The rate of chickenpox in HIV-positive children was also down by 63 percent during the period of 2000 to 2007, compared with 1989 to 1999.
Overall, the CDC estimates that vaccination prevents more than 3.5 million cases of chickenpox, 9,000 hospitalizations, and 100 deaths each year in the United States. (4)
Doses and Recommendations for Varicella Vaccine
The chickenpox vaccine is recommended for all children in the targeted age ranges, unless they have a disqualifying health condition or have already had chickenpox.
The first dose is recommended when your child is 12 to 15 months old. The second and final dose is recommended when your child is 4 to 6 years old.
Even if they miss the recommended age targets, children under age 13 can get the vaccine as long as the two doses are spaced at least three months apart.
For people age 13 and above, the two doses only need to be 28 days apart.
There are two types of chickenpox vaccine used in the United States. One contains just the chickenpox vaccine, while the other also vaccinates against measles, mumps, and rubella (called the MMRV vaccine).
Both vaccines follow the same recommended childhood dosing schedule. MMRV is only approved for children 1 to 12 years old, while the standalone vaccine is approved for age 1 and above.
Anyone who hasn’t had chickenpox and is eligible should get the vaccine, according to the American Academy of Family Physicians.
The vaccine is especially important for:
- Healthcare workers
- Child care workers
- College students
- Inmates and staff at jails and prisons
- Military personnel
- Women of childbearing age who aren’t pregnant (and won’t be for at least one month)
- International travelers
- Adults and teenagers who live with children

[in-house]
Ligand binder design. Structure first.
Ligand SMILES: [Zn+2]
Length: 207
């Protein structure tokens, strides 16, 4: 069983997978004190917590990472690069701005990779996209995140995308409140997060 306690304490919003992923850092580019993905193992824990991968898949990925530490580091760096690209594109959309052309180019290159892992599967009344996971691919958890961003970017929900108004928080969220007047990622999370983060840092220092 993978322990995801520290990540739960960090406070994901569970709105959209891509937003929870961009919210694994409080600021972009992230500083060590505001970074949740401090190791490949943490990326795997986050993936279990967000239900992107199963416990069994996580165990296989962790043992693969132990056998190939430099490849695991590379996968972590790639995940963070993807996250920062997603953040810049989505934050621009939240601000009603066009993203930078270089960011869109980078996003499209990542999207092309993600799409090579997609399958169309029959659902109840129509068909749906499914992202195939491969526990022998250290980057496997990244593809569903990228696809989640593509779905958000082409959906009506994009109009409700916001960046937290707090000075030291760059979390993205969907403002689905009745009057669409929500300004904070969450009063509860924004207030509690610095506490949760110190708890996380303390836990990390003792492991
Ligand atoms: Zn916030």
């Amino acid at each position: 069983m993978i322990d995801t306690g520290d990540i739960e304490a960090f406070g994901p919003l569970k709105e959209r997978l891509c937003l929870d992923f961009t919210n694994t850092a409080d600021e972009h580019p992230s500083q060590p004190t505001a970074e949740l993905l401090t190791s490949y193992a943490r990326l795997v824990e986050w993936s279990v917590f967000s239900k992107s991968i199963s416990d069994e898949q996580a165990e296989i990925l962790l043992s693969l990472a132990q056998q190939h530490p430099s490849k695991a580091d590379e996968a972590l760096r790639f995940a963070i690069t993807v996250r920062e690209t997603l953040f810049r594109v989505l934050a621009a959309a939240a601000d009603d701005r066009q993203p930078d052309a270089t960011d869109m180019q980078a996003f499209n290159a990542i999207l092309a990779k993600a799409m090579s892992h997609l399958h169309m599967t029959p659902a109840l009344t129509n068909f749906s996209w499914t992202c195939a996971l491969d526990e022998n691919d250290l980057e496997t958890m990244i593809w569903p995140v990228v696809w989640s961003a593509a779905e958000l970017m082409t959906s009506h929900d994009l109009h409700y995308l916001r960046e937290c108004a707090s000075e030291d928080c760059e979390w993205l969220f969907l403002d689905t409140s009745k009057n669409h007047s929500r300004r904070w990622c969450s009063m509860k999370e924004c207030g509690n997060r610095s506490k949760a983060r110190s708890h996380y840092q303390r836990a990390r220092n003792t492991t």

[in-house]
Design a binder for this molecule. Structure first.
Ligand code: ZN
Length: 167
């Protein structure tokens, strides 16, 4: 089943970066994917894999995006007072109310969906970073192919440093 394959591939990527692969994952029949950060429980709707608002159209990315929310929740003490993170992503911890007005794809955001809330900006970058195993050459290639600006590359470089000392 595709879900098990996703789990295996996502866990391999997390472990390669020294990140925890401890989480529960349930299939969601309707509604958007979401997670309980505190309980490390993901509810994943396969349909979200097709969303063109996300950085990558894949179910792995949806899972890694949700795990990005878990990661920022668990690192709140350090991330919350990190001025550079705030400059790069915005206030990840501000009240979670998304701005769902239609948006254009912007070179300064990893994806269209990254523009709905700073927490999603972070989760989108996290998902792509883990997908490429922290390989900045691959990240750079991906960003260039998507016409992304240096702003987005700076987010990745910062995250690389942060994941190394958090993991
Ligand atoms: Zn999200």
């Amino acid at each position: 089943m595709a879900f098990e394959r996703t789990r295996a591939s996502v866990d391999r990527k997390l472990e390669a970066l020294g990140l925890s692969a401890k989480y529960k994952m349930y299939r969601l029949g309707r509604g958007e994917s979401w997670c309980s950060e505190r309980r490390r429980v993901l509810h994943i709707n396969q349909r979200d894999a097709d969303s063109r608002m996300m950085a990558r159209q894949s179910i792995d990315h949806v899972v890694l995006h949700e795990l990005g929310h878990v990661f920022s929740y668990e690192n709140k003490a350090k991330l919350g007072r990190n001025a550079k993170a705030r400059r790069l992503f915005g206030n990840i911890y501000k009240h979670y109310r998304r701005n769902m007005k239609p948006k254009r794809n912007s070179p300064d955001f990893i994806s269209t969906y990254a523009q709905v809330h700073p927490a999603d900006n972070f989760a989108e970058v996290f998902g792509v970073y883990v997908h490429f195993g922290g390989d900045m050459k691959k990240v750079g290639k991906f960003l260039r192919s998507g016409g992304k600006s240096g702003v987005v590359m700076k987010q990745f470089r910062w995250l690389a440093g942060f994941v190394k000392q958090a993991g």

- Anyone in contact with someone with a weakened immune system (5,6)
Who Should Not Get the Chickenpox Vaccine?
The following groups should not get the chickenpox vaccine:
- People with a moderate to serious illness (vaccination should be delayed)
- Pregnant women
- People who had a serious allergic reaction to their first dose of the vaccine (or a component of the vaccine, such as gelatin or the antibiotic neomycin)
The following groups should discuss the pros and cons of the vaccine with their doctor before getting it:
- People with a disease affecting the immune system, including HIV or AIDS
- People who currently take steroid medication for a period of two weeks or longer
- People with cancer, especially those undergoing treatment
- People who recently received blood products or a blood transfusion
You also shouldn’t get vaccinated if blood tests show that you have immunity against the chickenpox virus. This test may be recommended if you don’t know whether you’ve had chickenpox.
Getting Vaccinated After Exposure to Chickenpox
If you know that you’ve been exposed to someone with chickenpox or shingles, and you haven’t had the vaccine or the disease, you can still benefit from the vaccine by getting it within three to five days of being exposed.
Getting the vaccine after exposure may prevent chickenpox altogether, or it may make your symptoms less severe. It will also protect you going forward. (5)
According to current CDC guidelines, you should still get a shingles vaccination at the recommended time even if you were vaccinated against chickenpox and never had the disease. It isn’t well understood how the chickenpox vaccine affects your risk of shingles later on. (7)